6. In spiritual men and women, gift sets transcend titles.  That is to say, the appropriate order is to give spiritually gifted & exemplary men the appropriate title rather than bestow title and hope for gifted leadership. The Bible speaks volumes about how God has deliberately set up the body of Christ to have various gifts (1 Corinthians 12:4-31; Romans 12:3-8).  This is the clear and enthusiastic will of God.  His vision demands the careful and conscientious employment of appropriate skill sets to leadership, in order to lead the church to effective maturity and effective missions (Ephesians 4:11-16). Moreover, the gifts of leadership itself (no matter what the milieu)-powers of motivation, vision, skills of goal-setting, training,  and delegation, bold and clear preaching and teaching-seek genuine expression in God’s church. We should let those Spirit-gifted leaders lead and take care to not repeat our past mistake of focusing so much on titles that we lose the forest for the trees.

These, and other leadership principles, are to be studied and obeyed just as much as Jesus’ admonition (Mark 10) to not lord over others and Paul’s delineation of elders’ characteristics
(Titus 1).  We simply are not free to ignore these basic principles of leadership that God has ordained among groups of people and specifically his church. When we do, we fall into the trap of placing the leadership cart before the horse. The consequences are significant, creating frustration and often paralysis within leadership circles and the body at large.  These symptoms are not “normal” but rather dysfunctional, and ought not to be accepted by leaders and members alike, anymore than they would be accepted in a physical family structure.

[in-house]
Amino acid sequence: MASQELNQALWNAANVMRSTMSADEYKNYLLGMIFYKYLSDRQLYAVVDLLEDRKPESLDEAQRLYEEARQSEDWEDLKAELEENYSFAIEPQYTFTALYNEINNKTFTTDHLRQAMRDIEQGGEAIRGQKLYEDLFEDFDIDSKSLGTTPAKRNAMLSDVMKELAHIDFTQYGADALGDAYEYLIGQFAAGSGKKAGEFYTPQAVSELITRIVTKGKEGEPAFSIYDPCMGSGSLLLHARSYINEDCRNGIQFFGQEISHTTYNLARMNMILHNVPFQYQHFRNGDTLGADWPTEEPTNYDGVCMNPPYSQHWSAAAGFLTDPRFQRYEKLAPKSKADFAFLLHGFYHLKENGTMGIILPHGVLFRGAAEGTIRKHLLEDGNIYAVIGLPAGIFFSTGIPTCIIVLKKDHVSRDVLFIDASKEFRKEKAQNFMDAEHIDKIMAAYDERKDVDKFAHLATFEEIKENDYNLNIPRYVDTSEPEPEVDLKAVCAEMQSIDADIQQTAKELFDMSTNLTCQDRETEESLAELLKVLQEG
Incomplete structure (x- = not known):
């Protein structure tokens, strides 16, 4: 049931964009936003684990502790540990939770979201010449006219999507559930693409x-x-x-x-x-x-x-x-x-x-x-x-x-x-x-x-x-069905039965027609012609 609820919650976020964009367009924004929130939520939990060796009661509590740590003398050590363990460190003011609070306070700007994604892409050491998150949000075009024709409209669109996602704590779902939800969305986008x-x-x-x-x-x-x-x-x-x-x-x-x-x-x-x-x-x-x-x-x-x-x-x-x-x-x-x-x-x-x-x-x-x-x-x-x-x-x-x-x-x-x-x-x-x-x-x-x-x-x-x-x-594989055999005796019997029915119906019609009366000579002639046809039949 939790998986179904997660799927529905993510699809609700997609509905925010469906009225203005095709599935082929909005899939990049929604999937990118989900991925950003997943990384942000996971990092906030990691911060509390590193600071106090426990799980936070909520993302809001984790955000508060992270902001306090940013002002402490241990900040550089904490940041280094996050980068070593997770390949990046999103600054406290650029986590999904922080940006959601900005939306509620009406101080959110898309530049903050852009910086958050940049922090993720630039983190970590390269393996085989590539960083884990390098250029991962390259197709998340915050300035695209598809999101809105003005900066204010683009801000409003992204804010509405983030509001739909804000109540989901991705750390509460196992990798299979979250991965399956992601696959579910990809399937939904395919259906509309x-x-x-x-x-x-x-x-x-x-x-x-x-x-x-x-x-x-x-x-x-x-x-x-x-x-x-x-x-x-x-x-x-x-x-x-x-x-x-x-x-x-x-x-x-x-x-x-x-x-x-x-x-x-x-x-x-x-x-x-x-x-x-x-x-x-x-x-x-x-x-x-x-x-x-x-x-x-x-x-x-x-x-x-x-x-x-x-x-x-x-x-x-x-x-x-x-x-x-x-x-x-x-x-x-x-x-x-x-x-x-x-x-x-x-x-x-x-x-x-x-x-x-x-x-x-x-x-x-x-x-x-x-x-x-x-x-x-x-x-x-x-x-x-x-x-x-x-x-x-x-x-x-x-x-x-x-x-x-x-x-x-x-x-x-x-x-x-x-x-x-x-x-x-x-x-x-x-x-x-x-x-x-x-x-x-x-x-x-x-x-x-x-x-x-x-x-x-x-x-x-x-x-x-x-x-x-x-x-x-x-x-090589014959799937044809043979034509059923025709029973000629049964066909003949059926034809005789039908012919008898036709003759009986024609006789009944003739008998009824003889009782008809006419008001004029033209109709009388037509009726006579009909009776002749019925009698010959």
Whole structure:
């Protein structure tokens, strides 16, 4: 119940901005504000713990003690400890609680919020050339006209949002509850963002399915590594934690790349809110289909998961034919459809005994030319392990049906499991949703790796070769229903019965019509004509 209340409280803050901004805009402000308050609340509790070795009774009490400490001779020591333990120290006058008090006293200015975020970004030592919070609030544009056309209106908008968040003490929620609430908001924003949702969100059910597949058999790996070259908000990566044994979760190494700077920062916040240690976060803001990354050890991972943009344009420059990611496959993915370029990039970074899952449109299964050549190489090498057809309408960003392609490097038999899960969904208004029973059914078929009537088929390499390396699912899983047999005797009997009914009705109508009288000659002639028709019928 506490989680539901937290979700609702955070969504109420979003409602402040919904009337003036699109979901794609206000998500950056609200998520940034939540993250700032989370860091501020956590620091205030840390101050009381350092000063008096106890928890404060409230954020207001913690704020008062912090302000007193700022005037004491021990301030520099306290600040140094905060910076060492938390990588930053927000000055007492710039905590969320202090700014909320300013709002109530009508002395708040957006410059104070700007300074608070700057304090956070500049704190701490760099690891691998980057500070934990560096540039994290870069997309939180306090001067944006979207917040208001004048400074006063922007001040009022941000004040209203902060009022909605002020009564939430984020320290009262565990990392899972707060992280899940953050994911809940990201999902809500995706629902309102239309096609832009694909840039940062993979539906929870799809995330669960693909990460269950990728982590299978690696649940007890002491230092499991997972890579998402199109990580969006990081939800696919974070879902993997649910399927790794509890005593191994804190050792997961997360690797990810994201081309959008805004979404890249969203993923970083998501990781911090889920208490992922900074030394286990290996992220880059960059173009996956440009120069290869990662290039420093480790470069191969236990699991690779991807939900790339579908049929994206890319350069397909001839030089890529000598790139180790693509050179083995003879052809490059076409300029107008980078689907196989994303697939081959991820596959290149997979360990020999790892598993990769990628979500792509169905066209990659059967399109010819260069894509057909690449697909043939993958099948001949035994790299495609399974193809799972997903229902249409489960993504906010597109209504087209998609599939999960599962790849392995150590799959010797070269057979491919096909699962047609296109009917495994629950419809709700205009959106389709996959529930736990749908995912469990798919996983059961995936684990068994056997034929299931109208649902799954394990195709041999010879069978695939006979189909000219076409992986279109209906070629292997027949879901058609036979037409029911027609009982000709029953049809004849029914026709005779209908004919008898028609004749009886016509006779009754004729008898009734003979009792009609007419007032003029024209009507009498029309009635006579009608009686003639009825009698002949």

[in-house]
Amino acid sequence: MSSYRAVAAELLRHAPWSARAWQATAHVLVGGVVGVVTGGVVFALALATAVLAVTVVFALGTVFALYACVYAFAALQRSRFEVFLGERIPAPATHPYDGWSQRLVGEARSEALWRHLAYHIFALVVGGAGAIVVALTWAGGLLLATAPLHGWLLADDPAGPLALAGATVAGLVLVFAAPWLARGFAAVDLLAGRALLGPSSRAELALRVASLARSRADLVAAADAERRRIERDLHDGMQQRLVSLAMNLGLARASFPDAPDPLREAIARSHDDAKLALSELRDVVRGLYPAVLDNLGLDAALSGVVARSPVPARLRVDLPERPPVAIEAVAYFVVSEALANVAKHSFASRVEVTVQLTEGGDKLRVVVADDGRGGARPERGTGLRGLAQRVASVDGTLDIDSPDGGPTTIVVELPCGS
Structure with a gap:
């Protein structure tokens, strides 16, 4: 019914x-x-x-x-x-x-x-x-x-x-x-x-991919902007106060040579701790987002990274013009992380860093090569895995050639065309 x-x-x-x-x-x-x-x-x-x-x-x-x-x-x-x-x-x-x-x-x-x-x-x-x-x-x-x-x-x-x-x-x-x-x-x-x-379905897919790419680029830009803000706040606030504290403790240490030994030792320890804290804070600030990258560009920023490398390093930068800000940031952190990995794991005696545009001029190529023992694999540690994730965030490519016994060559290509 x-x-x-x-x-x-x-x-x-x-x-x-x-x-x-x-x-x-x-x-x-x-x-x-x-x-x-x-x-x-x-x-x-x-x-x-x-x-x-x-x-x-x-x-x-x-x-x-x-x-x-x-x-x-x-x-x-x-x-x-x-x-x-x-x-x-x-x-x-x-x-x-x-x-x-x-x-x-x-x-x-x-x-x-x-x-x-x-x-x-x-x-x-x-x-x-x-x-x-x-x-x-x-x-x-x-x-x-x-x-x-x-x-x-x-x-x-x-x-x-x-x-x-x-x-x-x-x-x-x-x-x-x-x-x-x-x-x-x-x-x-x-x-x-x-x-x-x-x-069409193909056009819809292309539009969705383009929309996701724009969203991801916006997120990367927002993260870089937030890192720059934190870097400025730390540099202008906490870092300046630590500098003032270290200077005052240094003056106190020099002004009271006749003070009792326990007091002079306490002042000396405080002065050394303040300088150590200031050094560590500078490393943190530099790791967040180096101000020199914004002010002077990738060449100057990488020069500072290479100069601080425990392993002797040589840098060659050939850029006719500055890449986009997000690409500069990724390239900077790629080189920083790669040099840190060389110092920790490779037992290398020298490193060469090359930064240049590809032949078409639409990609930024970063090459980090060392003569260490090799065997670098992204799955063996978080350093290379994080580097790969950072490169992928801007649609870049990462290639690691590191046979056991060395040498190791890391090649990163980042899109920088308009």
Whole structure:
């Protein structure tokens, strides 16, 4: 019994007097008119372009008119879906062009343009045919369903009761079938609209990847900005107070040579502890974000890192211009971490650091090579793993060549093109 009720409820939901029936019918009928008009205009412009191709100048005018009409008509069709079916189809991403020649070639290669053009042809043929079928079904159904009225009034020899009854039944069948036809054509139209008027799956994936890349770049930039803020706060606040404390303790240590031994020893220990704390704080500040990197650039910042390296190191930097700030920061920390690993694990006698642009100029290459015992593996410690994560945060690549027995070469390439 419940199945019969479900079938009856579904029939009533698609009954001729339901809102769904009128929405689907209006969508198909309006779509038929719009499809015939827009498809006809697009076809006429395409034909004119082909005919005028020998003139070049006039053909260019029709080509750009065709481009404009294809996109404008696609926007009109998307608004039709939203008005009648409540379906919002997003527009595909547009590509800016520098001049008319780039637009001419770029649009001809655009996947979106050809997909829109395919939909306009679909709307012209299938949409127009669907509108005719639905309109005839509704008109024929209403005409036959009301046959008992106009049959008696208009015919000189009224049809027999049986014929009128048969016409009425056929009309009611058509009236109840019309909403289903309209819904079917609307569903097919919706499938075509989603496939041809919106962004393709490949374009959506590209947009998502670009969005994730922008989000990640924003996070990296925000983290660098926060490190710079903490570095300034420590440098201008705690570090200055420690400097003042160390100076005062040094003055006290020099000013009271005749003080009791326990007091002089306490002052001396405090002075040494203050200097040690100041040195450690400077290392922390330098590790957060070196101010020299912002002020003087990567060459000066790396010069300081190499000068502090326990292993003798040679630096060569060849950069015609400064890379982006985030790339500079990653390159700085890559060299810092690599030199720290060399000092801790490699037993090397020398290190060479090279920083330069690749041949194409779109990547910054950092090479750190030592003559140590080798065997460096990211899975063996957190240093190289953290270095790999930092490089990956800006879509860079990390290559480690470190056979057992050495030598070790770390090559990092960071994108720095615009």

In the end, no matter what titles (elders, deacons, teachers, or anything else) or configurations of them we contemplate, we must put God first, following the example of Jesus who came not to be served, but to serve.  We should acknowledge, in addition, the priority of relationships over raw authority (as in family), example over position and title, and gift-based, even full-time leadership, over traditional seniority.  The results will be obvious, harmonious, and blessed.  In this context, we will have effective elders, evangelists and teachers, some of them full-time (some of them not), leading with vision and inspiration, and working as a team with other exemplary leaders/ministers, building a culture of humility and appropriate deference, within and without the eldership, to exemplary, godly, and God-gifted leaders.

We have not made our last mistakes as leaders.  As we stay in view of the truth of our weakness and in awe of his grace, God will mature each of us in Christ, raise us up to lead in many different capacities according to the gifts the Spirit has given and bless us with lives that people prayerfully will want to follow.  Above all, let us remember it is the Lord Christ we are serving, and that it is His body we are serving on earth.